A Dedicated Rock Gardener
As you enter the garden on Juneau Street, notice the granite rock garden created from six truckloads of stone from Entiat, Washington collected and placed by Susan and a friend. Inviting you into the garden are wrought iron gates original to the 1909 house, found tucked away in the garage and repurposed for the entry. Iron trellises, arbors, and rocks are themes carried through the garden.
Twenty-five years ago the big challenge was reclaiming a long-neglected yard. One-and-half tons of pruning ensued, revealing established plants that could be saved: an enormous rhododendron, a rambling old French lilac draped along the north side of the yard, some boxwood, two weeping birches, a tall Douglas fir, and a wrought iron fence atop a low retaining wall that contains this large corner garden.
Susan’s love of “digging in the dirt and creating visual appeal” has inspired the garden. Step down from a small rock terrace into a large and casual garden. Let your eyes follow the curving line of lawn punctuated by vine and Japanese maples, rhododendrons, grasses, blueberries, and flowers. Note the sitting areas scattered around the garden—two chairs under the fir tree for a little private contemplation and porch swings under the shade of the deck. A secret sitting area is revealed behind the garden shed. Watch for artfully placed artifacts—an old screen door incorporated into a lattice fence complementing the sprawling French lilac, a large fountain basin planted with Sempervivums mimicking water lilies, and a mermaid resting in the shade.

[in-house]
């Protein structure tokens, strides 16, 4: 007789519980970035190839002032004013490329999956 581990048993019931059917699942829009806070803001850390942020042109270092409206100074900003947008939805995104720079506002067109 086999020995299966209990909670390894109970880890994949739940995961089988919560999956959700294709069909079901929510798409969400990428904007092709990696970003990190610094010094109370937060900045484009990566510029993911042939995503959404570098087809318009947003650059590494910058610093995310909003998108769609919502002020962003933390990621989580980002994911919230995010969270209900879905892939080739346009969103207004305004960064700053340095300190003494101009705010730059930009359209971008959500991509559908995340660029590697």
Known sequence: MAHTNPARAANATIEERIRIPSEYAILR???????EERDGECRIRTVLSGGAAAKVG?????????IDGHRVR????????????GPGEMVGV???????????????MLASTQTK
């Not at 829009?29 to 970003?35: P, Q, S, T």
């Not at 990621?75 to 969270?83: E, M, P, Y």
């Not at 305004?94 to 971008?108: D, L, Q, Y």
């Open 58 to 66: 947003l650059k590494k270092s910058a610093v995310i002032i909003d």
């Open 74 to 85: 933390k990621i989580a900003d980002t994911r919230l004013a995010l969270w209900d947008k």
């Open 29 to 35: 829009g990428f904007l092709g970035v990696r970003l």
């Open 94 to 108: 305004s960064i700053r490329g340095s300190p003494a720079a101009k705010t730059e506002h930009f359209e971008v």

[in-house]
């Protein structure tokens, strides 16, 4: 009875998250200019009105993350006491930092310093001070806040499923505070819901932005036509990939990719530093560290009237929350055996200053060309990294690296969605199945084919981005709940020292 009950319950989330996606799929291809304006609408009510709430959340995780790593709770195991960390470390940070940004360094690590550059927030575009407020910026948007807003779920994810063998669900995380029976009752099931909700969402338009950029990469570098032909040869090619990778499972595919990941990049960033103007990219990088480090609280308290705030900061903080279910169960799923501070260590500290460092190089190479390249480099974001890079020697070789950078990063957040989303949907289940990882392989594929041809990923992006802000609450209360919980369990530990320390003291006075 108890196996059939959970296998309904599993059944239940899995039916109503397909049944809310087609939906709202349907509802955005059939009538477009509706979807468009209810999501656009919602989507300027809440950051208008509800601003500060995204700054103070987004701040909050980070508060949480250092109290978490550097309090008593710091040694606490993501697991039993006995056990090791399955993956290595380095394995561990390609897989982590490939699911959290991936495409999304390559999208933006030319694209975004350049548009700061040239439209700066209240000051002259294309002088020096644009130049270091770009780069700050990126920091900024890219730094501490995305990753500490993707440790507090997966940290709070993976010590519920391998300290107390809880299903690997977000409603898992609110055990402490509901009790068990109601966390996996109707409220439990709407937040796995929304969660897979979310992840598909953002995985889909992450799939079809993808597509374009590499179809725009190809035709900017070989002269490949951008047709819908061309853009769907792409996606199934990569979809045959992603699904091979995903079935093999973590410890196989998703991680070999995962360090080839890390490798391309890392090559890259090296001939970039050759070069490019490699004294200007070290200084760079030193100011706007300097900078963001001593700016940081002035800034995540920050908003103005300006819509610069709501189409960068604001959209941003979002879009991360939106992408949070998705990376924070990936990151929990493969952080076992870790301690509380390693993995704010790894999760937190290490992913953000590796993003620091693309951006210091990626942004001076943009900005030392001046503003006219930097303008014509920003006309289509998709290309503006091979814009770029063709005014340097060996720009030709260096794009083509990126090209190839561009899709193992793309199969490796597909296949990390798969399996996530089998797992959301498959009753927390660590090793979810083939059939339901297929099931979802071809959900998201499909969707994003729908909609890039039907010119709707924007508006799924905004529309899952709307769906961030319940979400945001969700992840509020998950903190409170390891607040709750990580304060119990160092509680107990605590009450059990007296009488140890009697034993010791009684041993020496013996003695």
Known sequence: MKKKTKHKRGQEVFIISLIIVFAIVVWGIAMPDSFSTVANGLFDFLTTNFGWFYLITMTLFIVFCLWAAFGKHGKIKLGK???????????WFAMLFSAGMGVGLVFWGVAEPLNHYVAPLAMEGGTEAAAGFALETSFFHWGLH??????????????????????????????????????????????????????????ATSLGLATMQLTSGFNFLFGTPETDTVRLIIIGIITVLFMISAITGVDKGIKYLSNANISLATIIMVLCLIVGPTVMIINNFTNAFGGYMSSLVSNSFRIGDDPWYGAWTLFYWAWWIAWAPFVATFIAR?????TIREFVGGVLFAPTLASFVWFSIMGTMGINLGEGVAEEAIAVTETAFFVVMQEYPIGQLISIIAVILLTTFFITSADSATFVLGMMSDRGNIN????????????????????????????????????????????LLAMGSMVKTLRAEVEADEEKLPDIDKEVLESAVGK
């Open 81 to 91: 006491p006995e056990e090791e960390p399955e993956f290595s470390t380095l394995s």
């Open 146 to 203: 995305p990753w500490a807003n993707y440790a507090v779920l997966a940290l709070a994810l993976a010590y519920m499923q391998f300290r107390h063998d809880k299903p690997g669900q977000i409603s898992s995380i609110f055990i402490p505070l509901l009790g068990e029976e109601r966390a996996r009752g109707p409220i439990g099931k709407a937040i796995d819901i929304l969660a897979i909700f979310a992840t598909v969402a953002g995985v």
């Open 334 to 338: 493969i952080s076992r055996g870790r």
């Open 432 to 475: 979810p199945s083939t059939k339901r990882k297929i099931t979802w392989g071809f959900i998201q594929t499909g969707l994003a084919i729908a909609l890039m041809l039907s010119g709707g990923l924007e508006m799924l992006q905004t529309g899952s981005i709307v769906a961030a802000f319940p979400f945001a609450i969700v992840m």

As you exit the garden near the garage, notice the new raised beds for vegetables. Like most gardeners, Susan says that she will always be changing her garden “taking out stuff, moving rocks, rescuing plants and finding spots to put them in.”
This garden is wheelchair-accessible when entered from the driveway, moving in a counter-clockwise direction.